The judge said the loss of his hands hadn't stopped him from inciting followers to carry out a deadly hostage taking in Yemen in 1998, providing captors with a satellite phone they used to communicate with him during the attack.
"You had those disabilities at the time you committed the crimes and it's important for the court to understand that you knew the risks," she said. "I do not think of a time when you would not inspire others to do the things that you yourself could not do."
Thursday, January 8, 2015
The bombing took place in a police station near the famed Blue Mosque and Hagia Sofia museum in Istanbul's Sultanahmet tourist area, parts of which were cordoned off for an investigation, Turkish media reported.
The woman was attempting to enter the police station near Sultanahmet Square on the pretext of having left her wallet inside when guards stopped her at the entrance, Istanbul Gov. Vasif Sahin told reporters Tuesday. She spoke heavily accented English, Sahin said.
Two officers were hurt in the bombing, and one of them later died of his injuries, authorities said.
Authorities secured the blast area and halted public transportation into the neighborhood, the Hurriyet Daily News reported.'
The 50-year-old, who has previously been sentenced to nine months in jail after handing out a flyer that "vilified Muslims and disparages their religion", claimed the outburst had been part of a social experiment and that he wanted to promote debate amongst commuters.
He was refused bail and has since been behind bars for more than seven months until judge Gerald Lapkin convicted Brazau of the three charges: breach of the peace (by interfering with Toronto Transit Commission service), causing a disturbance (by using insulting language) and breaching his probation on the earlier hate-mongering conviction.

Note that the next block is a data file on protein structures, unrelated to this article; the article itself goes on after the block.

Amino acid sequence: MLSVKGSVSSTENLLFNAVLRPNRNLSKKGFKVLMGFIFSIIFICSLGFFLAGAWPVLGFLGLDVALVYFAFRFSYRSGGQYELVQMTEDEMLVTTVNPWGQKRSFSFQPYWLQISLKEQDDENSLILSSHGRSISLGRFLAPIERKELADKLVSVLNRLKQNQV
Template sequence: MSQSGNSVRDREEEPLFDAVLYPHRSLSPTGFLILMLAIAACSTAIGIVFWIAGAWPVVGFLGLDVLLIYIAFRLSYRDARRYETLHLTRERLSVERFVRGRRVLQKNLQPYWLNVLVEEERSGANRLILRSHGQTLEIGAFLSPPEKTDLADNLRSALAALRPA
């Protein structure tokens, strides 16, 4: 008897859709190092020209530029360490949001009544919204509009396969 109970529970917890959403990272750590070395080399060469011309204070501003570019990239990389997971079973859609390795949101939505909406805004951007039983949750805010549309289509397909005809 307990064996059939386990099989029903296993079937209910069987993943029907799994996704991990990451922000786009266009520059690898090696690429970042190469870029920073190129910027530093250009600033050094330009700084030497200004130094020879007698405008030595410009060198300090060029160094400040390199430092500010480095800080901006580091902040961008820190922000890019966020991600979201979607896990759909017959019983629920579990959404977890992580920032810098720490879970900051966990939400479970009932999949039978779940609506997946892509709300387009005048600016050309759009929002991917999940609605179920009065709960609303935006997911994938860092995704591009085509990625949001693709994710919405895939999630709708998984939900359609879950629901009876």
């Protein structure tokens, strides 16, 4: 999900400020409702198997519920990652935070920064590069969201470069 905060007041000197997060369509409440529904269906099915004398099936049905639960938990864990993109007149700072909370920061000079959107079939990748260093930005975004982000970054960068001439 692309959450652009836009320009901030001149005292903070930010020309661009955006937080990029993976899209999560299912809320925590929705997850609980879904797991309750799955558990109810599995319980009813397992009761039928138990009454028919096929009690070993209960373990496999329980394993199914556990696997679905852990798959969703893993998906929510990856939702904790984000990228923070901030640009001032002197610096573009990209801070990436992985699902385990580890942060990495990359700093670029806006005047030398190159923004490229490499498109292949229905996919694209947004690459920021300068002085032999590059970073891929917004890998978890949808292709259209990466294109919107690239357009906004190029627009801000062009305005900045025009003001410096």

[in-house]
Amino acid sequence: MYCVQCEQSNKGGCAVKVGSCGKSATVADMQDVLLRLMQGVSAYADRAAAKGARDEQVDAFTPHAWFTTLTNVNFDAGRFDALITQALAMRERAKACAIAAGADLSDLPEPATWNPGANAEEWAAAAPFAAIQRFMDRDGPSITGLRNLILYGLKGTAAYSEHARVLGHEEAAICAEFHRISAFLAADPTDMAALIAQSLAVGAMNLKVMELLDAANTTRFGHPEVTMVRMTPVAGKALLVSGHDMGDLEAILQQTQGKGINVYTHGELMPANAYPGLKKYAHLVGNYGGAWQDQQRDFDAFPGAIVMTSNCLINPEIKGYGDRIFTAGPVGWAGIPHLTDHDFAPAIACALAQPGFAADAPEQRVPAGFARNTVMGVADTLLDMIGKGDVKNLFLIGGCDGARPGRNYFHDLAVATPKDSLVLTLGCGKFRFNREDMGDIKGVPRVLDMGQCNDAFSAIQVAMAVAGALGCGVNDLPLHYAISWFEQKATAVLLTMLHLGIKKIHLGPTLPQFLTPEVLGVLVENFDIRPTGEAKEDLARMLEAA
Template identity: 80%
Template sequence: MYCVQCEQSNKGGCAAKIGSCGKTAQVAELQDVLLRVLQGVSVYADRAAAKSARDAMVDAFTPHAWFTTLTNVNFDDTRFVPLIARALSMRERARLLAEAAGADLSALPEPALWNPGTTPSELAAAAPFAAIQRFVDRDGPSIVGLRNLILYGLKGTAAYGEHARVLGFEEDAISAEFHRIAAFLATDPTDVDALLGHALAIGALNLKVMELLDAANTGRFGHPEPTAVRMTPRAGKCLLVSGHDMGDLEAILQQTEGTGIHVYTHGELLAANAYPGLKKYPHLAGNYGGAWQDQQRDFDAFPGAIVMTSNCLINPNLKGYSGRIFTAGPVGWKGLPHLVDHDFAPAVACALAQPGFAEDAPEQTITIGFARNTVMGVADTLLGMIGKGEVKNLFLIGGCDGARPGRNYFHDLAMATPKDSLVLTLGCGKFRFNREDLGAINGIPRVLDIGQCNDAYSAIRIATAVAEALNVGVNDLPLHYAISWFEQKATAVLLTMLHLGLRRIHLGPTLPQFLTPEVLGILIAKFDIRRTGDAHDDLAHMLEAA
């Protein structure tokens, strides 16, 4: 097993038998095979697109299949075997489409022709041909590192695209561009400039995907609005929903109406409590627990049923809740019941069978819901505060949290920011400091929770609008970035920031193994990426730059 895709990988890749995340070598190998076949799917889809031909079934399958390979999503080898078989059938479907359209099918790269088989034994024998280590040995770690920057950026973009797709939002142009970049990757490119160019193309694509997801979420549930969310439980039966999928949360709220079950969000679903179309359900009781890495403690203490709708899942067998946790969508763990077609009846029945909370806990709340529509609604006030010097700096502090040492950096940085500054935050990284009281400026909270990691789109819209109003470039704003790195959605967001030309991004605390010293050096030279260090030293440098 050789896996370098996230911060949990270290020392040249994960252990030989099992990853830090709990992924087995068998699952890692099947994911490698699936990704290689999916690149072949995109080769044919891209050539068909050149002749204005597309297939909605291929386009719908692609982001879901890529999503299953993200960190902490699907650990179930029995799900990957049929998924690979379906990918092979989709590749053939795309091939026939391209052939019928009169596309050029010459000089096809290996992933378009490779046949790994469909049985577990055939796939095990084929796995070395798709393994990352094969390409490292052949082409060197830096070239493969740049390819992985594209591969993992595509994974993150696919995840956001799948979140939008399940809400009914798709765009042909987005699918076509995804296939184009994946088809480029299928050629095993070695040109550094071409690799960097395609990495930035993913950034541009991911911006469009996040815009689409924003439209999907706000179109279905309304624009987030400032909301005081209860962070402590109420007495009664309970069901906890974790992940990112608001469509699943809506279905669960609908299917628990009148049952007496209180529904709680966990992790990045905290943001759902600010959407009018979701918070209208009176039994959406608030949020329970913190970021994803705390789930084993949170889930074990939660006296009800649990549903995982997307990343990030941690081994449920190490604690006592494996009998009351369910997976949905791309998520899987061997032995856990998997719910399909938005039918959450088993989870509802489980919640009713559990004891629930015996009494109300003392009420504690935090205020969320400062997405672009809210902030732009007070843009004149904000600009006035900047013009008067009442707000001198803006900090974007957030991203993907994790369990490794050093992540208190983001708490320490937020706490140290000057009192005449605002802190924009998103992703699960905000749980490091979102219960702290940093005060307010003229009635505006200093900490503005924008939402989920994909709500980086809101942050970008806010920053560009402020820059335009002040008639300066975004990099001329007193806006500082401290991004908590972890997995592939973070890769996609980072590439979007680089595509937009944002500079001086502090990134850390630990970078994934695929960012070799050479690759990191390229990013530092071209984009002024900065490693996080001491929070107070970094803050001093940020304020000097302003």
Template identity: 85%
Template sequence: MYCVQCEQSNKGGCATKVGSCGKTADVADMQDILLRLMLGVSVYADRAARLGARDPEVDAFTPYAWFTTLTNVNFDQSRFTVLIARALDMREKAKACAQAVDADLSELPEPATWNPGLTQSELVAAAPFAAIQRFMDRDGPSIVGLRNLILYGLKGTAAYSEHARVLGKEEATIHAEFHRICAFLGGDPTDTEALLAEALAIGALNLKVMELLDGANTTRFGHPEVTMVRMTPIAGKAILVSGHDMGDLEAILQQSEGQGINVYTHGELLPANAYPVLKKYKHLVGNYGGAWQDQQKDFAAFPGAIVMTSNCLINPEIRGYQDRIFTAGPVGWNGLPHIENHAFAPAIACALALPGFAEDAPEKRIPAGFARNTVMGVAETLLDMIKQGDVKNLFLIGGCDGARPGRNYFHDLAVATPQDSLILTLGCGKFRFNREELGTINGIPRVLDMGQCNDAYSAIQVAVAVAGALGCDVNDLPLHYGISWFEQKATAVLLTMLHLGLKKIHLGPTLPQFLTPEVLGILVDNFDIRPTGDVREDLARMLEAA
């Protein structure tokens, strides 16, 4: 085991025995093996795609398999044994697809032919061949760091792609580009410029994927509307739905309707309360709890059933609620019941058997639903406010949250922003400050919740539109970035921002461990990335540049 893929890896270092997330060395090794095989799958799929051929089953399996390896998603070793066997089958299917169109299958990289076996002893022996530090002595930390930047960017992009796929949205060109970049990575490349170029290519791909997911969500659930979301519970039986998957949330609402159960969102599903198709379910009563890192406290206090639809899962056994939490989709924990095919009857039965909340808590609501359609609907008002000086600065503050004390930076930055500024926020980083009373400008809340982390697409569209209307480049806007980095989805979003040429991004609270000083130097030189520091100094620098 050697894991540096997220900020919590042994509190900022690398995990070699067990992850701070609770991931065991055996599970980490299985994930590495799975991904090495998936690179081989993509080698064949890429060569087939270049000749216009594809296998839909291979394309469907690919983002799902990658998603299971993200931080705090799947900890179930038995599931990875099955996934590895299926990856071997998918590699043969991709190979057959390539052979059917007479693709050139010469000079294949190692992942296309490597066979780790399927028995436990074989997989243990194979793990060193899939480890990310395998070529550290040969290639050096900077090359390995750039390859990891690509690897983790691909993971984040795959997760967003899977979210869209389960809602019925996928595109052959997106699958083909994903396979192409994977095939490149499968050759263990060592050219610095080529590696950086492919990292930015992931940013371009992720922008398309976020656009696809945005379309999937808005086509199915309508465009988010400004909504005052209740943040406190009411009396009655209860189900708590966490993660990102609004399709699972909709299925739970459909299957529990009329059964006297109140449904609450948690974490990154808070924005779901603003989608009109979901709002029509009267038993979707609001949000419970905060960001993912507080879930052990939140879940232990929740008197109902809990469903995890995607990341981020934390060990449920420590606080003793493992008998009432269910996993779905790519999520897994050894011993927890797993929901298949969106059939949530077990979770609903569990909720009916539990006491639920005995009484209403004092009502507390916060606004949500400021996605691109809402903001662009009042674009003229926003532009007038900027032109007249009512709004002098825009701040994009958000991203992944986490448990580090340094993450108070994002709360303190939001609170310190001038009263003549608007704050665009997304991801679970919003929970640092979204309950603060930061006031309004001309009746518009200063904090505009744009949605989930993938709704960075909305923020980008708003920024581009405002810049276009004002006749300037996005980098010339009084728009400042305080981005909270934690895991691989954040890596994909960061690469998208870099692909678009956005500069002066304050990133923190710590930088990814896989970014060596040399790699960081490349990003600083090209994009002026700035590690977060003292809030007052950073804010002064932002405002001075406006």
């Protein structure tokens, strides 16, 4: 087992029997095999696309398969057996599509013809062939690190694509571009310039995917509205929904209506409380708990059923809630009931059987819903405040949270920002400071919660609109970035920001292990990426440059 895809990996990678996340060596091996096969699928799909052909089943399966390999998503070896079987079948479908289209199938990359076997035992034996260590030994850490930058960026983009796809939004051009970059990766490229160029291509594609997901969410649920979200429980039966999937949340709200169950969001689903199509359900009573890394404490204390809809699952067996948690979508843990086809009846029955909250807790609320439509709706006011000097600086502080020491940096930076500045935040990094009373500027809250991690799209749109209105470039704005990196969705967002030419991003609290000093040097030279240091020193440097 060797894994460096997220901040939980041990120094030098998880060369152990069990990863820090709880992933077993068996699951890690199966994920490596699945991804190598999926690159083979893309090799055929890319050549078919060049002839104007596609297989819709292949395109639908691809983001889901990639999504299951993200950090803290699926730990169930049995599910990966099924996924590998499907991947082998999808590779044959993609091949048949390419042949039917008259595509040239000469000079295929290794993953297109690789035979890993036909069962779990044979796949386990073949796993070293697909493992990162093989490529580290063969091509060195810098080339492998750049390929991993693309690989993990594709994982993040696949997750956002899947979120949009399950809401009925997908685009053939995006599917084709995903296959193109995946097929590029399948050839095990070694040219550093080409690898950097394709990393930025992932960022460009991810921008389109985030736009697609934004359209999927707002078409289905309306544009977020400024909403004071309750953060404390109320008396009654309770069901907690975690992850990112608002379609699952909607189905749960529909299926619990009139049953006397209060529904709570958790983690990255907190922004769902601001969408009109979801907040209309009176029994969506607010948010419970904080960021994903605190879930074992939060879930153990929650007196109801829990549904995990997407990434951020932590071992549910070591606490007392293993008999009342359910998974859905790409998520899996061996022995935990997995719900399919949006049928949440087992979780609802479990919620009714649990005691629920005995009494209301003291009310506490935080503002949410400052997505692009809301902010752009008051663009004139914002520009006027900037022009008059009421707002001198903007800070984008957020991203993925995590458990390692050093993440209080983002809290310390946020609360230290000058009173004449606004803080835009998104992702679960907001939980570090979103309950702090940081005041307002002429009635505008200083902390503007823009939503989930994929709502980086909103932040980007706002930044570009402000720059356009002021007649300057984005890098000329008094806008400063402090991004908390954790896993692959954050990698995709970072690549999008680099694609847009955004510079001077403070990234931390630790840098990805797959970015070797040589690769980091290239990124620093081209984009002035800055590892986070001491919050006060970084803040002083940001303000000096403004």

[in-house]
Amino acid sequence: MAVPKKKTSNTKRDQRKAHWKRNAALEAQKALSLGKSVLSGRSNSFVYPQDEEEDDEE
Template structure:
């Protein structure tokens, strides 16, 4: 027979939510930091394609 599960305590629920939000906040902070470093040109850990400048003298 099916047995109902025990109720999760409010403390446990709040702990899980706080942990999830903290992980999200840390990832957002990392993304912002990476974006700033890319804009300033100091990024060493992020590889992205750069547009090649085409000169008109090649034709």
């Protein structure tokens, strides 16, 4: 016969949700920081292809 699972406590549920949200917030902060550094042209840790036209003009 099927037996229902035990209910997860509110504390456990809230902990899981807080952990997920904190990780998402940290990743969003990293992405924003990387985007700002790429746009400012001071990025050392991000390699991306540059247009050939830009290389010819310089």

Handing Brazau a 20 month sentence, minus eight months for the time he has spent in custody before his trial'
Wednesday, January 7, 2015
'Submission, by celebrated French author Michel Houellebecq, was featured on the front cover of this week's Charlie Hebdo, the magazine attacked by terrorist gunmen on Wednesday…
Submission, Houellebecq's sixth novel, predicts that in 2022 France's mainstream Left and Right club together to back a certain Mohammed Ben Abbes in a second round presidential run-off against Miss Le Pen.
The new president then proceeds to Islamise the EU, with Turkey and various north African countries joining the bloc. The aim is to build a territory resembling the old Roman empire.
The protagonist, François, a 44-year-old literature professor, converts to Islam after a university director introduces him to the pleasures of polygamy with submissive wives.
The book, which has a print run of 150,000, has already shot to the top of Amazon.fr's bestseller list...
François Hollande, the French president, on Monday said he would read the book and that literary freedom must be respected. But he urged the French not to give into "fear" of "submersion, invasion, submission".
Houellebecq insisted that the novel was right to focus on the rise of religion. "More and more people can't stand living without God," he said.
After previously claiming Islam was the "the stupidest of all religions", the novelist declared: "The Koran turns out to be much better than I thought now that I've reread, or rather read it."
"Atheism and secularism are dead, so is the French republic," he told NouvelObs.
While the work is undoubtedly provocative, French critics were split over its literary merits with Le Monde's Raphaêlle Leyris claiming Submission was "his most mediocre to date" and Les Echos saying there are "better things to read".
Writer Emmanuel Carrère, however, insisted it was a "sublime book" by an author whose vision is "more powerful than Aldous Huxley or George Orwell".
"If there one person in the literary world, and not just the French one, who can think through this huge mutation we all feel is under way without having the means to analyse it, it is him," he said. '